Our clients and friends at Denali Christian College (go Bighorns!) are a 501(c)(3) public charity. They have just received a letter from the IRS stating that they have been selected for an IRS examination regarding their 2013 Form 990.  The Information Document Request (IDR) is detailed.

We commend them for calling their advisors first. There can be a “don’t try this at home” element to IRS audits.

We agree to help them pull together and organize the data.  Also, we plan to be onsite for the initial meeting with the agent.  We send them a Form 2848, Power of Attorney and Declaration of Representative for signature but also want them to be aware of the guidance issued by the IRS on all “auditor interaction”.

We also note to them that the IRS is changing the manner by which they go about auditing not-for-profit organizations and they should review IRS Publication 4221, Compliance Guide For 501(c)(3) Public Charities in order to get a feel for some of the things the auditor may be looking for.


Depending on the type of review, you will initially be contacted either by letter or phone call, which will include the name of the IRS personnel as well as the employee’s badge number. The IRS does not use e-mail to initiate contact with an organization.

In all reviews, IRS personnel will mail a letter along with a list of documents and records needed to conduct an audit or compliance check. The letter will contain contact information for both the individual conducting the review as well as the individual’s manager.

The IRS Exempt Organizations division has a great webpage – with lots of links – regarding guidance if your organization is selected for audit. It can be found at:

This web page will explain the IRS audit process for charities and other nonprofit organizations. IRS Exempt Organizations is continuously exploring how to improve our service to charities and other nonprofit organizations, and we hope you will find the information on this page useful.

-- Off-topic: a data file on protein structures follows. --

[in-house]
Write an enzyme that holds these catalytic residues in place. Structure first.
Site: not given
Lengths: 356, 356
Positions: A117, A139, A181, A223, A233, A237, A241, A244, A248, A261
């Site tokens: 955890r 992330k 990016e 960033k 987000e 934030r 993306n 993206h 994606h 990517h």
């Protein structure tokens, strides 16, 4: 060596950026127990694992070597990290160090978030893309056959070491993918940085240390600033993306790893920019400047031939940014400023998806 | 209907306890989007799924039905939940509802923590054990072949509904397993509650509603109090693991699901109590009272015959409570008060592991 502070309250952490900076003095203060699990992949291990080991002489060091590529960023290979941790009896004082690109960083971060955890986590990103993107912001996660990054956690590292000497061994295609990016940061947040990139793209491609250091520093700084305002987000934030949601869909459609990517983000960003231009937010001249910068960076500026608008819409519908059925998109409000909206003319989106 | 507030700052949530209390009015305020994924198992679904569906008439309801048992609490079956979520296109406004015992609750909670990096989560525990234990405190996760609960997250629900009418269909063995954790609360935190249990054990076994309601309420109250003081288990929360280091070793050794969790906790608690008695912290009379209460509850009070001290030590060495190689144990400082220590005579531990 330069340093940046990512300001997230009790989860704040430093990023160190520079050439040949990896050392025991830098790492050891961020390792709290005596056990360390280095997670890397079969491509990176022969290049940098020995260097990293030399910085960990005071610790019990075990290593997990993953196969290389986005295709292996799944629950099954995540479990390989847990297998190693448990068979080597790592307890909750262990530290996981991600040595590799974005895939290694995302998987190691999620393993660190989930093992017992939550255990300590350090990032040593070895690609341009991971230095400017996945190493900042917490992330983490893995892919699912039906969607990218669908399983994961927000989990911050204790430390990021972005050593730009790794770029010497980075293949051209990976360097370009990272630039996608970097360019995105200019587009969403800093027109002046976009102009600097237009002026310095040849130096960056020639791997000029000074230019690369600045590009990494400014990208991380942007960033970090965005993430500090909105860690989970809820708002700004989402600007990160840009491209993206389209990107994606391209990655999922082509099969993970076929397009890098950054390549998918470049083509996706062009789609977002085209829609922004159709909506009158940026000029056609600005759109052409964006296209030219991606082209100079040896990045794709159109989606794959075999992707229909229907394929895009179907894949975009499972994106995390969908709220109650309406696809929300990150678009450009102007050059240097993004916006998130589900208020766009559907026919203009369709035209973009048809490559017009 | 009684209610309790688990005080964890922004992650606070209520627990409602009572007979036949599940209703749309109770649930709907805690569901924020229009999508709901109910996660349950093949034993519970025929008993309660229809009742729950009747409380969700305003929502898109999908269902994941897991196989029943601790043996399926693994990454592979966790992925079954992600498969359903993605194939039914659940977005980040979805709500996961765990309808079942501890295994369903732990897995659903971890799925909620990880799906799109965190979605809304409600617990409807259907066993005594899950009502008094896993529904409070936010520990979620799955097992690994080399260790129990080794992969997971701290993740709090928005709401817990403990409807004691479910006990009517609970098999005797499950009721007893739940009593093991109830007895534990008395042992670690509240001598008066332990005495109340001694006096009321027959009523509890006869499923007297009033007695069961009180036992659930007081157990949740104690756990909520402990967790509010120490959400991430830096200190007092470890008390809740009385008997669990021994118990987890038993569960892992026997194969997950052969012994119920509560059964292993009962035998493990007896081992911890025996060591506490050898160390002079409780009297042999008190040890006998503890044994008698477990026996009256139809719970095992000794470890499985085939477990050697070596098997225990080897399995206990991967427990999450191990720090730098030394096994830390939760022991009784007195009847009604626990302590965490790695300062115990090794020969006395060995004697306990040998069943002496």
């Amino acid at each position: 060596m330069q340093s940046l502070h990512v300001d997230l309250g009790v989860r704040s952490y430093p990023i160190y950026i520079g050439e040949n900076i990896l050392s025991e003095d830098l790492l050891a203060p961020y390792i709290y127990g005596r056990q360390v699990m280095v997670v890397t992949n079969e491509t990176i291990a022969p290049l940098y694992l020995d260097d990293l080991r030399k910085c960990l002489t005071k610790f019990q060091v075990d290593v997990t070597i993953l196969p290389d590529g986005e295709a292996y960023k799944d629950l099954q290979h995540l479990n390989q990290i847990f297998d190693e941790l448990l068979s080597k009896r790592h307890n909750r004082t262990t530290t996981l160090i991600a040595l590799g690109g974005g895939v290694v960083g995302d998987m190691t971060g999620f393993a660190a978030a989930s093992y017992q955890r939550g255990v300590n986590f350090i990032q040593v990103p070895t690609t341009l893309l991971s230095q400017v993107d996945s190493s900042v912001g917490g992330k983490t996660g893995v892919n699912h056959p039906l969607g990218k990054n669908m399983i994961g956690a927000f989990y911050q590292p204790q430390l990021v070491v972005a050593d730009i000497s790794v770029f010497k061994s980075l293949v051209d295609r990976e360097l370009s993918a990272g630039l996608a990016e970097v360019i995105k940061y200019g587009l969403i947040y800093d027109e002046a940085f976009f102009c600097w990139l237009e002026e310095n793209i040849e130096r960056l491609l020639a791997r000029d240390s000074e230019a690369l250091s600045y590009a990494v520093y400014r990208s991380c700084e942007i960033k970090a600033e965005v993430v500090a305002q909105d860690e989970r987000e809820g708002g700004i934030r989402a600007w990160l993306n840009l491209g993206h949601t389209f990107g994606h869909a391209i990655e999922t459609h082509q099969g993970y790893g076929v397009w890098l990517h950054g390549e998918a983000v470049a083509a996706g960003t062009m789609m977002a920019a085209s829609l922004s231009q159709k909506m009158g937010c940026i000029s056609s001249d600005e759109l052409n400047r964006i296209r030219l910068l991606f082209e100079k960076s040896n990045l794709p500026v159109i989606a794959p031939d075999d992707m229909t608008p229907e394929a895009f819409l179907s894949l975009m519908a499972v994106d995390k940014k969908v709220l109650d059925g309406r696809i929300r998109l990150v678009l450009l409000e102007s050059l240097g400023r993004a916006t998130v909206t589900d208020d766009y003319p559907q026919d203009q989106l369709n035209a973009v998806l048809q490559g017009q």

Also, the IRS recently issued the following:

IRS Guidance on Auditor Interaction:  The IRS’s Office of Professional Responsibility issued guidance on various aspects of auditors’ interactions with employees of corporations that they are auditing, including those employees identified in Form 4764 (Communications Agreement, LB&I Examination Plan) and those identified in Form 2848 (Power of Attorney). Form 4764 allows a corporate taxpayer to designate one or more employees to (1) discuss tax matters, (2) provide and receive information, or (3) receive and discuss adjustments (or some combination of these three). If the employee advocates, negotiates, disputes, or does anything which goes beyond mere delivery of facts, general explanation, or acceptance of materials, then the employee is engaged in representation activities. At that point, a Form 2848 must be obtained from the corporation authorizing the representation. See for more information. Alerts from Office of Professional Responsibility (OPR), Issue 2014-12.

Bottom Line

If your school is selected for an IRS audit and you receive the “initial contact letter or phone call”, you should consult with a tax professional who is knowledgeable and experienced in IRS Exempt Organization audits. They will be able to help you navigate the rules and regulations and assist your team in complying with IRS requests, meeting requirements, and discussing issues with the Service.

Specific questions? Email Dave Moja

The information provided herein presents general information and should not be relied on as accounting, tax, or legal advice when analyzing and resolving a specific tax issue. If you have specific questions regarding a particular fact situation, please consult with competent accounting, tax, and/or legal counsel about the facts and laws that apply.